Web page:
Cargolux has adopted a new five-year business plan, including a $275 million capital injection, aimed at returning the financially troubled all-cargo carrier to profitability in 2014.
Shareholders of the Luxembourg-based carrier have agreed to issue a $100 million convertible bond this year followed by a $175 million bond in 2014.
“This is an important milestone for Cargolux in securing its sustainability,” said Paul Helminger, Chairman of the Board of Directors.
The Luxembourg government, which is seeking a buyer for a 35 percent stake in Europe’s largest all-cargo carrier it recently repatriated from Qatar Airways, will not participate in the capital injection.
The new capital will be used to finance the ongoing fleet renewal program of 13 Boeing 747-8 freighters, for which Cargolux was the launch customer, and to bolster the balance sheet.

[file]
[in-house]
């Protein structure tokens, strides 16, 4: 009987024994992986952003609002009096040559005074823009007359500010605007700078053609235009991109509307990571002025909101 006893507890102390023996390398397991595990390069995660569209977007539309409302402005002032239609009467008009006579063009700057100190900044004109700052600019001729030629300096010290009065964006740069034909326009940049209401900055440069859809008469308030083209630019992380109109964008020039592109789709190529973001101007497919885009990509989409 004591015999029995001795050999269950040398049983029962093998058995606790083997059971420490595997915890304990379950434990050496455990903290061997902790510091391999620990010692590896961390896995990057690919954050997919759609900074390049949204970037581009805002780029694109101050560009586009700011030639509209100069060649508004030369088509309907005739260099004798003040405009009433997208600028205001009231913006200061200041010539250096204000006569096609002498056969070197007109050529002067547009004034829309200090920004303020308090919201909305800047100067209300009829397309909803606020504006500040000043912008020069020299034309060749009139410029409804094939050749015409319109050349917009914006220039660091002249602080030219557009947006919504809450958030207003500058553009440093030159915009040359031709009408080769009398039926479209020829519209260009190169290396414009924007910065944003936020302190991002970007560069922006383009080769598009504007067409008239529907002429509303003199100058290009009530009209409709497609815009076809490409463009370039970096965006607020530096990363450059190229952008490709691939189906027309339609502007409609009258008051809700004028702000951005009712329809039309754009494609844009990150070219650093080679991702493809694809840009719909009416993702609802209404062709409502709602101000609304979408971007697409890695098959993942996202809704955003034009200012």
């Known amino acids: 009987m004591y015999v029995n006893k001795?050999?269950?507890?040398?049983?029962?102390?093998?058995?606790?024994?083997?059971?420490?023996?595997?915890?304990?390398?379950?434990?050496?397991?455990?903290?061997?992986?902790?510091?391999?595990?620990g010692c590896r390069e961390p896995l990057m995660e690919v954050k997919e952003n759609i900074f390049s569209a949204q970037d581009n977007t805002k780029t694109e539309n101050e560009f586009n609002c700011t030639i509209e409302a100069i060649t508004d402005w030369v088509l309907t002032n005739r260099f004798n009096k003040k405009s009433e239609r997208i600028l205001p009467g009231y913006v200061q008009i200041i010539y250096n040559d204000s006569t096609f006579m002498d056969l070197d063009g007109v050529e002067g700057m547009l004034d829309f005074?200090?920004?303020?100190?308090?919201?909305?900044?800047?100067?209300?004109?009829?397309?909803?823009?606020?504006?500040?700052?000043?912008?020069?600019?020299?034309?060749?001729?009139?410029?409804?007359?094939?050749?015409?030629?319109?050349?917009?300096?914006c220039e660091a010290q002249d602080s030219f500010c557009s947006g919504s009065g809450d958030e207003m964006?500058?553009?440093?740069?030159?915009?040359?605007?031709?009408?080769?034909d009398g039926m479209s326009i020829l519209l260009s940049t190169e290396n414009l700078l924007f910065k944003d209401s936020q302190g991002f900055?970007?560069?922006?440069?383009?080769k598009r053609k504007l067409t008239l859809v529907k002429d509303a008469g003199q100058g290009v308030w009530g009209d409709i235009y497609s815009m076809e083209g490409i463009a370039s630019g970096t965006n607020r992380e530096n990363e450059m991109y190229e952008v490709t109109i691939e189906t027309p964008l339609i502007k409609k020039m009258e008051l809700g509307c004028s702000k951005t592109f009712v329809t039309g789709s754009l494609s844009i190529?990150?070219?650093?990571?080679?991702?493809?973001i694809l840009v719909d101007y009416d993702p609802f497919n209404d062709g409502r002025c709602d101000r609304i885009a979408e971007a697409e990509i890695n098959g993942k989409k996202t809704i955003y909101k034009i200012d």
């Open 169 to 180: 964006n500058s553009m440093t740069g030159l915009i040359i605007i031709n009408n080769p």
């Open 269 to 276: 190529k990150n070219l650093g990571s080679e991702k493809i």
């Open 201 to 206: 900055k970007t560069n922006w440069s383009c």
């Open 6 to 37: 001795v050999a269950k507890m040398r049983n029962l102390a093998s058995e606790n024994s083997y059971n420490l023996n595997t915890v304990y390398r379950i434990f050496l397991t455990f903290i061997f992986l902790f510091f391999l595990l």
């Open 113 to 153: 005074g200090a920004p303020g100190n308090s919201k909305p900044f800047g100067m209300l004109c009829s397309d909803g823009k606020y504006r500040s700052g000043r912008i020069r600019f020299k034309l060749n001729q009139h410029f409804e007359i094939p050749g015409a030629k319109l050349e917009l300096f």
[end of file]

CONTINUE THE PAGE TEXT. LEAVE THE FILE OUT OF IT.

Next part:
Cargolux will now seek union agreement to cut labor costs by $10 million a year through 2017 in return for a guarantee of no job losses among the 1,400-strong payroll.
“Going forward, all stakeholders will need to contribute their part to ensure this plan’s success,” Helminger said.
Cargolux said it took out $60 million in costs last year but did not address labor costs, which will account for around a quarter of its $1.8 billion costs in 2013.
Unions have questioned Cargolux’s figures and vowed to retain the collective work agreement which the carrier wants to renegotiate.
Cargolux said there are several potential buyers for the Luxembourg government’s 35 percent stake but did not give further details. Chinese transport and logistics group HNA and Russia’s Volga-Dnepr, owner of AirBridgeCargo, have been tipped as the most likely new investors in Cargolux.